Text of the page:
It’s been five or more years since the Great recession walloped economies all over the world, with the result that for many companies it has been a time of doing not very much but cost-cutting, downsizing, divesting and otherwise holding on to what business they can by their fingernails. Now, as things are slowly starting to pick up and companies are beginning to once again see opportunities, they are facing an entirely different kind of problem. Their middle management ranks are full of people who have exactly the opposite of a growth mindset. They’re risk-averse, afraid to fail, numbers-driven and generally insecure. Often, they’re not engaged with jobs which haven’t stretched or challenged them in a positive way for years. So how can you begin to make a change to this situation? Some suggestions:
Start with a portfolio view. Every business has some activities that keep its core operations healthy. Those should be job #1, as if the core isn’t working well nothing else will either. You can’t launch a new business on a shaky foundation. But, just working on the core, in a transient advantage context can really get you into trouble when an old advantage fades away. So you need a few projects that have the potential to be a big part of your next core business. My buddy Geoffrey Moore calls these H2 projects, but whatever you call them there need to be some in your portfolio. Finally, you have what I call options, which are small investments you’re making today to buy you the right to make more substantial investments in the future. People need to understand what part of the portfolio they are responsible for driving. Further, you need to make a critical distinction between low-uncertainty and high-uncertainty contexts. The options are high-uncertainty situations and need to be managed with a different set of disciplines, emphasizing discovery and experimentation.
Make your growth goals clear. People are much better at seeing how they can make a transition to a new way of working if this is connected to a clear and measurable set of outcomes. “Gain market share in Europe” is a lot less clear than “Add at least 2 new customers, increase the number of services our existing customers buy by 25% and increase the total number of inquiries we receive by 20%”. People can see far more clearly what to do if they understand the levers you are trying to push.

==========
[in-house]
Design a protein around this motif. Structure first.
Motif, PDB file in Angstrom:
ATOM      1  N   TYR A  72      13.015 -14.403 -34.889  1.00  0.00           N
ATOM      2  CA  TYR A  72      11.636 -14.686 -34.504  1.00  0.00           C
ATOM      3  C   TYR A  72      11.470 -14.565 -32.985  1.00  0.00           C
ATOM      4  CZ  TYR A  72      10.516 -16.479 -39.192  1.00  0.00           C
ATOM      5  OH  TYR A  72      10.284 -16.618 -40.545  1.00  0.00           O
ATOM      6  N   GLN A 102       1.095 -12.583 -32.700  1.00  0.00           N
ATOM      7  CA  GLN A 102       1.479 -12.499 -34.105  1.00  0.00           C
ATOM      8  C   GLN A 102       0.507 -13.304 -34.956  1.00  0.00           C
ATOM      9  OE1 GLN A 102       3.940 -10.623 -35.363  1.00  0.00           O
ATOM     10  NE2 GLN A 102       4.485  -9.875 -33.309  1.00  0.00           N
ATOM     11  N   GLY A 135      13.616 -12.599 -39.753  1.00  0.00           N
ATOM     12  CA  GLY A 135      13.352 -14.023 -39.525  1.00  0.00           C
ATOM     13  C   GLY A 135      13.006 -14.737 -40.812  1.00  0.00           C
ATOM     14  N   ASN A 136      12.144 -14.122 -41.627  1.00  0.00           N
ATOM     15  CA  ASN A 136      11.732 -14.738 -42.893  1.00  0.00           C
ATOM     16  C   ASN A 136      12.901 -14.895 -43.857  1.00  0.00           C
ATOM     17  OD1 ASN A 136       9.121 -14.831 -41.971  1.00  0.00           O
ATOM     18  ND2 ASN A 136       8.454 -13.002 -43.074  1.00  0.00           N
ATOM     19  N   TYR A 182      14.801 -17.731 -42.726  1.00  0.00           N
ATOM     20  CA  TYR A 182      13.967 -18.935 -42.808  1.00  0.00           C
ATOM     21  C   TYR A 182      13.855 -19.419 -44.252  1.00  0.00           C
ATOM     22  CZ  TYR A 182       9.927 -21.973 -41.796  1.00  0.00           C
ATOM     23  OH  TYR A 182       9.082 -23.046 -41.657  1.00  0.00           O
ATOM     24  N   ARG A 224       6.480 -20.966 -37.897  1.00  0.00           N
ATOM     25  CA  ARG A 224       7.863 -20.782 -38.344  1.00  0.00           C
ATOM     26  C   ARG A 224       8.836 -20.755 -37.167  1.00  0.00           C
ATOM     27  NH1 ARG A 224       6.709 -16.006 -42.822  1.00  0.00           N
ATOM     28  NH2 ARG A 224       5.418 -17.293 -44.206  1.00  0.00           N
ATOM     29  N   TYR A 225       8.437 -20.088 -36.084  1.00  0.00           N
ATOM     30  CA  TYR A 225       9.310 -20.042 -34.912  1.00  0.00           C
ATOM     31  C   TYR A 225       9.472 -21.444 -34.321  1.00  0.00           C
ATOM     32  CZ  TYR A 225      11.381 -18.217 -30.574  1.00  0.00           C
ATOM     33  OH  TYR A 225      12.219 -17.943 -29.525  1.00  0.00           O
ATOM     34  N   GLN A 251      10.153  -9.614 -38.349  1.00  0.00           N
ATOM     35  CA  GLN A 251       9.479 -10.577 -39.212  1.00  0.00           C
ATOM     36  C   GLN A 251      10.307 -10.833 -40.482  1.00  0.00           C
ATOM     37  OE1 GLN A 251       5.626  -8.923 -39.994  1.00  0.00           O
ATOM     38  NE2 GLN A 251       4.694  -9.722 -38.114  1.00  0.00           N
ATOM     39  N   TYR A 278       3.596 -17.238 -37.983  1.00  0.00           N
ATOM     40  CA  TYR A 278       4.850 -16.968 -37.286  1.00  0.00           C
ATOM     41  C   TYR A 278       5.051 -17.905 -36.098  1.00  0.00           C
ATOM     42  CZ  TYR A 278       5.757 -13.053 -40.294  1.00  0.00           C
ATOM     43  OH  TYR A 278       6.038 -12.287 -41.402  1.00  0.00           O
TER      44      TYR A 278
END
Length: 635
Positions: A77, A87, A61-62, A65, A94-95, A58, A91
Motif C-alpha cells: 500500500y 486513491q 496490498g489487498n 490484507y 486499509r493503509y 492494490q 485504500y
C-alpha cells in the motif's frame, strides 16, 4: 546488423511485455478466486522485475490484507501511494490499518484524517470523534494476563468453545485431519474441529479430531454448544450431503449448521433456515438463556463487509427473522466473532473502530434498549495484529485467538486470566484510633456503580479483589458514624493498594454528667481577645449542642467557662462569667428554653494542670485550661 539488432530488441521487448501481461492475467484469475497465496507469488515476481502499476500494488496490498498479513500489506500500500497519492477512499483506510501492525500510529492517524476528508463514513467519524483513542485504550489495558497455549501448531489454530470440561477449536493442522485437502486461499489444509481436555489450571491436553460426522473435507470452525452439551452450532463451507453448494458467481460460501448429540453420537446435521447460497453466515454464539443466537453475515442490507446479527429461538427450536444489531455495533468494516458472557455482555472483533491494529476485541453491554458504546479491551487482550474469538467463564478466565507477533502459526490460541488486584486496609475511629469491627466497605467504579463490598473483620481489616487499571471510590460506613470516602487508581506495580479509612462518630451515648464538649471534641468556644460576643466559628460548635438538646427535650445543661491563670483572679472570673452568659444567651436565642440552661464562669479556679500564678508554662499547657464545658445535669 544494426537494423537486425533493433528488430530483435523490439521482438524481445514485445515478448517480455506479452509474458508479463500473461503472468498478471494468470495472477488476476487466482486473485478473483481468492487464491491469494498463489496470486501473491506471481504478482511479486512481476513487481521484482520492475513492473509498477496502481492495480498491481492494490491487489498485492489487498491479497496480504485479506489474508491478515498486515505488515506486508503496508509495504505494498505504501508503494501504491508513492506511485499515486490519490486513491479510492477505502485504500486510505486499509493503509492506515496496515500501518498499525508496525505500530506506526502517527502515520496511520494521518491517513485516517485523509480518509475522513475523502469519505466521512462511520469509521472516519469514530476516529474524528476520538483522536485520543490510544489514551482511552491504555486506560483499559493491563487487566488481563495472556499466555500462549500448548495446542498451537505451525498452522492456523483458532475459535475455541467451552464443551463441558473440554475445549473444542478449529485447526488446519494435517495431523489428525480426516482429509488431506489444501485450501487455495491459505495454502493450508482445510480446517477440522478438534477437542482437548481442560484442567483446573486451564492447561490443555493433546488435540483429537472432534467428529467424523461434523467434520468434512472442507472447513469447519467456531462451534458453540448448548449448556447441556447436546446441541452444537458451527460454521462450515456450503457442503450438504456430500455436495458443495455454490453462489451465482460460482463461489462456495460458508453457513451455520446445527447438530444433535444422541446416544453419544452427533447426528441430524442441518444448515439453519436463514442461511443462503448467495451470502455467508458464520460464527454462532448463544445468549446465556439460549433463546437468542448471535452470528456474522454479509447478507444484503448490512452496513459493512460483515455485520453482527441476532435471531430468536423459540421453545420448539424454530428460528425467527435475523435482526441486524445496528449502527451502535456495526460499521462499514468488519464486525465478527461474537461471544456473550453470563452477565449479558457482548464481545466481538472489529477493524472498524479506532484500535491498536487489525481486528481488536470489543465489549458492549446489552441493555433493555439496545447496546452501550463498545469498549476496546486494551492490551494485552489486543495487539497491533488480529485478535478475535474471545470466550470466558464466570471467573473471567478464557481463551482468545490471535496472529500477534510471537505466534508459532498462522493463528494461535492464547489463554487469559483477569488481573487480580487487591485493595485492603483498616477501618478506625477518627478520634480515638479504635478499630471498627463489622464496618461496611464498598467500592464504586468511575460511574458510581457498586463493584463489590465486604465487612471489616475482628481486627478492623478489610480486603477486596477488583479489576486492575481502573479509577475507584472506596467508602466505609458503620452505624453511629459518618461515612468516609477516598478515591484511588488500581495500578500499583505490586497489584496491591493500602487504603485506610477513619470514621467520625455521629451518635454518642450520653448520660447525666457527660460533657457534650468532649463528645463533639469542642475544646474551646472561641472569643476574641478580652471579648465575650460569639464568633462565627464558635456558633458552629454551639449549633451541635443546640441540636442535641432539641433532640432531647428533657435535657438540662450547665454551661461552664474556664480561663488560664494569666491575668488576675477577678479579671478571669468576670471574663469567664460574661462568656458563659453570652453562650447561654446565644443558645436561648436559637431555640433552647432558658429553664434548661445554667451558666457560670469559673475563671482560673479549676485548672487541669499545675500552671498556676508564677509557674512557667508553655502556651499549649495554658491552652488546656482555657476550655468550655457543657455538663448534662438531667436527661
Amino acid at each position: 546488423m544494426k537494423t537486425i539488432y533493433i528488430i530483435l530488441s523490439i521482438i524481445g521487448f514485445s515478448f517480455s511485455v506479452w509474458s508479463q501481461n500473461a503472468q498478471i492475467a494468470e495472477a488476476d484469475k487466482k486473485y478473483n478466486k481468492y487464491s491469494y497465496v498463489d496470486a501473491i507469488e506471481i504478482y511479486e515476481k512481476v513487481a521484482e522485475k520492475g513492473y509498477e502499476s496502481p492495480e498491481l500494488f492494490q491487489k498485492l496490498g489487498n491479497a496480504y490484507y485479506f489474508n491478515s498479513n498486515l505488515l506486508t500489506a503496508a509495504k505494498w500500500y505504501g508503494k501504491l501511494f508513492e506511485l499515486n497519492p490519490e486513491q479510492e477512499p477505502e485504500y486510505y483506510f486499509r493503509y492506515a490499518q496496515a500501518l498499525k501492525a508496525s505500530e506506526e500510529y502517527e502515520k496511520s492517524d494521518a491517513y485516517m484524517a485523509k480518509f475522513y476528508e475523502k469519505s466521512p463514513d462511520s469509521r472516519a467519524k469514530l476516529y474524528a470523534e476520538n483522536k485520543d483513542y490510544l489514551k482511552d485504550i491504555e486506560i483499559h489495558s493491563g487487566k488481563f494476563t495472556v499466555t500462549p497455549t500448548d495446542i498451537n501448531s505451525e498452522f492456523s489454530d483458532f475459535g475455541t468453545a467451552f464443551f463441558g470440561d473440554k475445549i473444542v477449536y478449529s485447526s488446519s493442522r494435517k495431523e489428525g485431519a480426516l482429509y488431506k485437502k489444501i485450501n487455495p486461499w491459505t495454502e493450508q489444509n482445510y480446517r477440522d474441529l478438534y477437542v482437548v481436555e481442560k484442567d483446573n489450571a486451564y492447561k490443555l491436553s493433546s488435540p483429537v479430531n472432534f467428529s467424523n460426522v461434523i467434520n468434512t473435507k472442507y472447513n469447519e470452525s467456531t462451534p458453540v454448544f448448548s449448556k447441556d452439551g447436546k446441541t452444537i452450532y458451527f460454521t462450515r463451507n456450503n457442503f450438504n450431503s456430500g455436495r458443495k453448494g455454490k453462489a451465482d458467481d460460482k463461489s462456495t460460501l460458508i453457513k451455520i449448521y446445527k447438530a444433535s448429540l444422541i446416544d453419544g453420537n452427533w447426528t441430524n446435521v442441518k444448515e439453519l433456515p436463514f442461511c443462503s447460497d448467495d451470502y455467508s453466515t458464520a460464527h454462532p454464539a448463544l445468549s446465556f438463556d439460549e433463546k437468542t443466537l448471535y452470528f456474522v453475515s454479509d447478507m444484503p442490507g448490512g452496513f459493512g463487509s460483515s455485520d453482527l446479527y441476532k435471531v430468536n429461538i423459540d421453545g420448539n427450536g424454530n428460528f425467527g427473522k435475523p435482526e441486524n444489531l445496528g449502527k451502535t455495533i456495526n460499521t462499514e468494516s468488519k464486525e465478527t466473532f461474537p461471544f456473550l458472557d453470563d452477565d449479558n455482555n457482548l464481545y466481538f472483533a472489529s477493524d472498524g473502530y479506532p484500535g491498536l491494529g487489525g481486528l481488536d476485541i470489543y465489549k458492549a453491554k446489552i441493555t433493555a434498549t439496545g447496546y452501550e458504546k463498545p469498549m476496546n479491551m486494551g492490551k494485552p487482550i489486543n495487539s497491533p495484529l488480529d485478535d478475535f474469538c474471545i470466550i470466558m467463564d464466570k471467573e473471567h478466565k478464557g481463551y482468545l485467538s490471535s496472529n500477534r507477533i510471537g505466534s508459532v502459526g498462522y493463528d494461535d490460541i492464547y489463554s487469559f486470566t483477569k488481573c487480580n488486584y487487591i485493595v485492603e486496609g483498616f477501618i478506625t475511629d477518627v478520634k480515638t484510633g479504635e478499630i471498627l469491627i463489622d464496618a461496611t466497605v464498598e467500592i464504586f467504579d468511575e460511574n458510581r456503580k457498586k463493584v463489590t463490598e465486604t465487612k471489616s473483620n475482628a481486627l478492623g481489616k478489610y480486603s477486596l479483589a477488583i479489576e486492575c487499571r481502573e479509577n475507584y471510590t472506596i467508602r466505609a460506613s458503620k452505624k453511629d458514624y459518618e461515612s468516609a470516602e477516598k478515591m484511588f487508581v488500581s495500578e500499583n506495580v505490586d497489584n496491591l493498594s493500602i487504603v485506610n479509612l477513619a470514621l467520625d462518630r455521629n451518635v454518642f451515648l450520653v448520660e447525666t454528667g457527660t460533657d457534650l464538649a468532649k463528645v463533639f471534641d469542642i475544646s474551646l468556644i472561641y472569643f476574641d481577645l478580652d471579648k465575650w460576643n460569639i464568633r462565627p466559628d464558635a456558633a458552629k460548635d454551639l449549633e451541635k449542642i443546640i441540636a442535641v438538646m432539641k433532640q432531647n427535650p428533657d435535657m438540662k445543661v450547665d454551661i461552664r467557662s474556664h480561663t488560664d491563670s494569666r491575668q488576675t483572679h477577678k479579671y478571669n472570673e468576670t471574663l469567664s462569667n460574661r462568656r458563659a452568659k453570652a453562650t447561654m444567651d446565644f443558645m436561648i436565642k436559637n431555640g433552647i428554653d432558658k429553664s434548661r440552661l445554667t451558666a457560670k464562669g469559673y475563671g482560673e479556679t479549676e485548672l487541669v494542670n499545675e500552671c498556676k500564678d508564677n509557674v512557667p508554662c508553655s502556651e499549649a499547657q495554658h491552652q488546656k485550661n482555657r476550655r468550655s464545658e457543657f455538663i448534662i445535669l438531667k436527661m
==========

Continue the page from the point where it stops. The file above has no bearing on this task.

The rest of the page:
Align incentives. I can’t tell you the number of times I’ve been in strategy meetings when a big new strategy is announced, but everybody is “too busy” to get around to thinking about how this will translate into the incentive program. You’re never going to drive a growth mindset with incentives oriented toward cost-cutting and hunkering down.
Get smarter. It’s a funny thing – for almost every other practice in a company, there is recognition that you need to learn the right practices and develop the right capabilities to reliably accomplish a goal. Yet when it comes to growth – particularly innovation-led organic growth – companies very often start from scratch as though it had never been done before. That doesn’t make much sense. There are a number of excellent resources out there that can help people understand what works and what doesn’t when it comes to growth. To give a personal plug, my own Columbia Business School course Leading Strategic Growth and Change provides a one-week, extremely practical introduction to the basics of managing a growth program, from how you think about financing growth ideas, to managing portfolios, making smarter decisions under uncertainty, managing the predictable hiccups of cultural change, and dealing with politics. You’ll make mistakes, for sure, but why not make your own, rather than repeating the mistakes of people who came before you?
Start small, experiment, and learn from intelligent failures. All too often, growth programs are announced with great fanfare and much enthusiasm but wither under the weight of later disappointments. To get started, find a few opportunities that would allow your people to practice the new behaviors you are trying to encourage. Perhaps a customer has a need which you normally wouldn’t attend to, but which someone might do as an experiment. When they work, spread the word. When they don’t, spread the learning! The concept of intelligent failure is also important – if people understand clearly when it’s OK to fail, they are less apt to be resistant. The time to start is now. You don’t want to be missing opportunities simply because your people are stuck in a mindset that stopped making sense.